On Saturday, May 20, I’ll be at the Ironwood Library in Chandler, Arizona discussing the Weird and Wild West on panels with such authors as Jeff Mariotte and Hal Astell. On one of the panels, we’ll be discussing all the flavors of westerns from Spaghetti Westerns to Steampunk-flavored Westerns to Space Westerns. One thing most Westerns have in common is an optimistic outlook, but there is one flavor of Western that looks unflinchingly at the dark side of the American West and that’s the so-called acid western.
The term “acid western” was coined by critic Pauline Kael to describe the movie El Topo directed by Alejandro Jodorowsky. Jonathan Rosenbaum further refined the term in his review of the Johnny Depp western Dead Man. Acid westerns are said to have a hallucinogenic quality with aspects derived from 1960s counterculture. In the traditional western, the west is often viewed as an optimistic place. In the acid western, the west is often seen as an almost nightmarish place. In acid western films, the music score tends to be more modern than in a traditional western.
Dead Man tells the story of an accountant named William Blake who is promised a job and travels to the town of Machine. At the town’s one, large factory, Blake learns someone has already been hired to fill the job. Despondent, Blake goes to the saloon, meets a local girl and they immediately have a liaison. Afterwards, the girl’s ex-lover appears, hoping to make up. Blake and the lover exchange gun fire. After which, the girl and the lover end up dead despite Blake’s lack of skill with a gun. Unknown to Blake, the lover is the factory owner’s son. Blake runs, but he’s wounded and passes out. He’s awaken by a Native American man who is trying to dig the bullet from his chest. The Native American man, who calls himself Nobody, then nurses Blake back to health. When Blake is well enough to talk, Nobody believes the accountant is really the famous poet reincarnated, only now he will make poetry with his guns and kill white people. All of this is accompanied by a haunting guitar score by Neil Young.
I’d argue another interesting example of an acid western is the anime Gun Frontier by legendary artist Leiji Matsumoto, who recently passed away. Gun Frontier shows us a bizarre west. Each of our primary characters has a superpower of sorts. Harlock is a former sea captain, good with his guns, and very much the image of a traditional western hero. Tochiro is short and can’t see without his thick glasses, but he’s an amazing swordsman. They travel with a woman named Sinunora, who uses her sex appeal like a weapon and wastes little time getting out of her clothes in many episodes. In one town, everyone can literally do anything they want, no matter how outrageous. In another episode, only people taller than five feet can enter the town, which leaves Tochiro out. The connecting storyline is Tochiro’s quest for his long-lost sister. Matsumoto’s series is based on an earlier manga and gives us a psychedelic and dark vision of the west. The score is Japanese pop, similar to many other anime series of the early 2000s.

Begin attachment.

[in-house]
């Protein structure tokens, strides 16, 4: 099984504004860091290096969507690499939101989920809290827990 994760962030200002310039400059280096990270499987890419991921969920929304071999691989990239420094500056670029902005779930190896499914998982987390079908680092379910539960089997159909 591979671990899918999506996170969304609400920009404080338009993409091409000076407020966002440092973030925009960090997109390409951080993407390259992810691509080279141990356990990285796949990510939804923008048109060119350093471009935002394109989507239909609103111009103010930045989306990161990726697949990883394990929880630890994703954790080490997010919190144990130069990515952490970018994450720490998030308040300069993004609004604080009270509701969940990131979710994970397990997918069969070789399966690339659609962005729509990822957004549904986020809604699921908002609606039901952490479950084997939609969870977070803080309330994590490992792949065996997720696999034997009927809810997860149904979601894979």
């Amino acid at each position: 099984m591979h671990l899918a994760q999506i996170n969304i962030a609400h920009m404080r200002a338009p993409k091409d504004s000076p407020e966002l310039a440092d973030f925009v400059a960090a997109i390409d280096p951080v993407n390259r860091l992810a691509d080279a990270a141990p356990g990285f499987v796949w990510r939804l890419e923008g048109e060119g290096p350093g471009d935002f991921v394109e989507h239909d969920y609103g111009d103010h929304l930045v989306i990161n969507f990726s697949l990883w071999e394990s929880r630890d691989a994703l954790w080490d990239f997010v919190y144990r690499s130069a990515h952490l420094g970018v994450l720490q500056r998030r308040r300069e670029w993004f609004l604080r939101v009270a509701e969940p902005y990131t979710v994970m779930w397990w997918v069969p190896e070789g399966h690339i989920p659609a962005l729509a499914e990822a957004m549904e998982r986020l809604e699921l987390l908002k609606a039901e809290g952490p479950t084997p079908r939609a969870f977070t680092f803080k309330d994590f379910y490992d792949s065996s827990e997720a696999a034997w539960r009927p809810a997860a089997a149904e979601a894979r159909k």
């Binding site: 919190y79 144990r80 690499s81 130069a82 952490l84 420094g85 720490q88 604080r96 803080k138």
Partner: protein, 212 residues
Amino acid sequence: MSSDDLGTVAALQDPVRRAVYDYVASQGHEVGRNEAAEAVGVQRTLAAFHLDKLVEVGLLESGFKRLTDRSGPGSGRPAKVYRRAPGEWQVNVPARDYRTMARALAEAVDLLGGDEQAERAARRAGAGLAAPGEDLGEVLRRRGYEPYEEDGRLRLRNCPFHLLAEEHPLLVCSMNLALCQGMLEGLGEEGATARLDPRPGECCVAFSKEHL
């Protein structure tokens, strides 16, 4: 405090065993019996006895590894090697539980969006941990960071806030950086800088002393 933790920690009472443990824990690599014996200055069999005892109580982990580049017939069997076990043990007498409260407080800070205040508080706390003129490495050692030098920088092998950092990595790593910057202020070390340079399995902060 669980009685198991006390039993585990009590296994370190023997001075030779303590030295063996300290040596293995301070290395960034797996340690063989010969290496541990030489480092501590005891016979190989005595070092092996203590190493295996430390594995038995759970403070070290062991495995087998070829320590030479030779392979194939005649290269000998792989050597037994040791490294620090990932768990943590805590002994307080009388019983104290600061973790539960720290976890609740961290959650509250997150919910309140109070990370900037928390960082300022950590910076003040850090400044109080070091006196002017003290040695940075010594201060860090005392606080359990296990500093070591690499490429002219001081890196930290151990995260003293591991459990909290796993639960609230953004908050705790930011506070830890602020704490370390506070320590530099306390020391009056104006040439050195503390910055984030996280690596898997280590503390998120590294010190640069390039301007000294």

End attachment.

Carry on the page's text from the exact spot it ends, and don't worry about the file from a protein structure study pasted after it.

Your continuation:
Cormac McCarthy’s Blood Meridian is almost certainly the best known example of a literary acid western. Based loosely on historical events, the story follows a teenager from Tennessee known as “the kid.” Much of the story follows his experiences with the Glanton gang, a group of scalp hunters who massacred Native Americans and others along the border of the United States and Mexico for bounties and their own sadistic pleasure. Set in the 1850s, Blood Meridian is a brutal, violent novel that serves as a counterpoint to more traditional, optimistic westerns.
I’m currently reading Against the Day by Thomas Pynchon. The novel is set all around the world, but does have key scenes in the wild west of the late nineteenth and early twentieth centuries. There’s no question Pynchon relishes in psychedelic storytelling that doesn’t shy away from the darker sides of the Wild West.
I have never tried my hand at writing an acid western, but I find these dark westerns provide inspiration for villains and weird situations my characters may encounter in my more Steampunk-flavored westerns. If you’re looking for dark storytelling that sits a little outside the traditional horror tropes, you might venture into the psychedelic world of the acid western.
2 responses to “The Dark Side of the Wild West”
As “sort of” part of that counterculture, you’d think I’d be more up on this stuff. My awareness of the Acid Western extends no further than Zachariah. Paul Newman’s Hombre was pretty dark as well, and I didn’t care for either one of those. Maybe being considerably more mature (or at least older!), I’d take to them better now, but I’ve always preferred positive entertainment where good wins out. I get enough of the alternative from real life…
But I thank you for this meaningful dissertation and a decent list of where to look should anyone wish to go down this road. Entertainment is what you enjoy, after all, and if people didn’t enjoy this, there wouldn’t be a genre. And if you’re reading this and thinking about trying something in the field, let me assure you that David doesn’t recommend any junk!
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I tend to agree, I don’t tend to “enjoy” acid westerns the way I enjoy westerns (or any story) with a more positive outcome. However, I often find the questions these movies raise to be compelling. I will note, despite the more psychedelic and dark nature of Gun Frontier as a whole, the anime does have a positive, if unexpected, ending. Another film that fits in this genre is Sam Peckinpah’s Pat Garrett and Billy the Kid, which I find a tough movie to watch because it’s so grim, but did give us the Bob Dylan classic “Knockin’ on Heaven’s Door.”
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